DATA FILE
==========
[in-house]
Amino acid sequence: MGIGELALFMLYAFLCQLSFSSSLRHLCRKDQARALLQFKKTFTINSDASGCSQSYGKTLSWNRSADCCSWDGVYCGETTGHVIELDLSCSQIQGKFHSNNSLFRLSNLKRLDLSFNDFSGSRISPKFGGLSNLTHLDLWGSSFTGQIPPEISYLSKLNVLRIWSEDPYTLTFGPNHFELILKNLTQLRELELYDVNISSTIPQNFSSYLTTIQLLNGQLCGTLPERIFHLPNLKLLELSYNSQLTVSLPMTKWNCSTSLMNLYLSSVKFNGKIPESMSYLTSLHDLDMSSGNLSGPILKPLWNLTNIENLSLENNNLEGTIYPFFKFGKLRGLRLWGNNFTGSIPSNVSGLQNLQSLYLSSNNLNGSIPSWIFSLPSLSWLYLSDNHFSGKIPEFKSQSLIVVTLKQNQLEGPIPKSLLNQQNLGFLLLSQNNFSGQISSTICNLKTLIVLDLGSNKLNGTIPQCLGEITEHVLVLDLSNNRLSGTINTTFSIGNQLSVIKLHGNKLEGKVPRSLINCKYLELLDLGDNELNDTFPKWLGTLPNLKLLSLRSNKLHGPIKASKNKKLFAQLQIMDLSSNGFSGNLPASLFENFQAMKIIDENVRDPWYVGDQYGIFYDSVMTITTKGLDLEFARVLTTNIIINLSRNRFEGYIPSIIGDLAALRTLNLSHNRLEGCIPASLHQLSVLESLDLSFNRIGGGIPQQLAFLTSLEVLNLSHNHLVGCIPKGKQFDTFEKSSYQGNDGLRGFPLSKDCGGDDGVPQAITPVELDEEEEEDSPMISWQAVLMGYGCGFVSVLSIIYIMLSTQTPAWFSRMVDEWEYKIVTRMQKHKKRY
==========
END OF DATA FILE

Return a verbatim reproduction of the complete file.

[in-house]
Amino acid sequence: MGIGELALFMLYAFLCQLSFSSSLRHLCRKDQARALLQFKKTFTINSDASGCSQSYGKTLSWNRSADCCSWDGVYCGETTGHVIELDLSCSQIQGKFHSNNSLFRLSNLKRLDLSFNDFSGSRISPKFGGLSNLTHLDLWGSSFTGQIPPEISYLSKLNVLRIWSEDPYTLTFGPNHFELILKNLTQLRELELYDVNISSTIPQNFSSYLTTIQLLNGQLCGTLPERIFHLPNLKLLELSYNSQLTVSLPMTKWNCSTSLMNLYLSSVKFNGKIPESMSYLTSLHDLDMSSGNLSGPILKPLWNLTNIENLSLENNNLEGTIYPFFKFGKLRGLRLWGNNFTGSIPSNVSGLQNLQSLYLSSNNLNGSIPSWIFSLPSLSWLYLSDNHFSGKIPEFKSQSLIVVTLKQNQLEGPIPKSLLNQQNLGFLLLSQNNFSGQISSTICNLKTLIVLDLGSNKLNGTIPQCLGEITEHVLVLDLSNNRLSGTINTTFSIGNQLSVIKLHGNKLEGKVPRSLINCKYLELLDLGDNELNDTFPKWLGTLPNLKLLSLRSNKLHGPIKASKNKKLFAQLQIMDLSSNGFSGNLPASLFENFQAMKIIDENVRDPWYVGDQYGIFYDSVMTITTKGLDLEFARVLTTNIIINLSRNRFEGYIPSIIGDLAALRTLNLSHNRLEGCIPASLHQLSVLESLDLSFNRIGGGIPQQLAFLTSLEVLNLSHNHLVGCIPKGKQFDTFEKSSYQGNDGLRGFPLSKDCGGDDGVPQAITPVELDEEEEEDSPMISWQAVLMGYGCGFVSVLSIIYIMLSTQTPAWFSRMVDEWEYKIVTRMQKHKKRY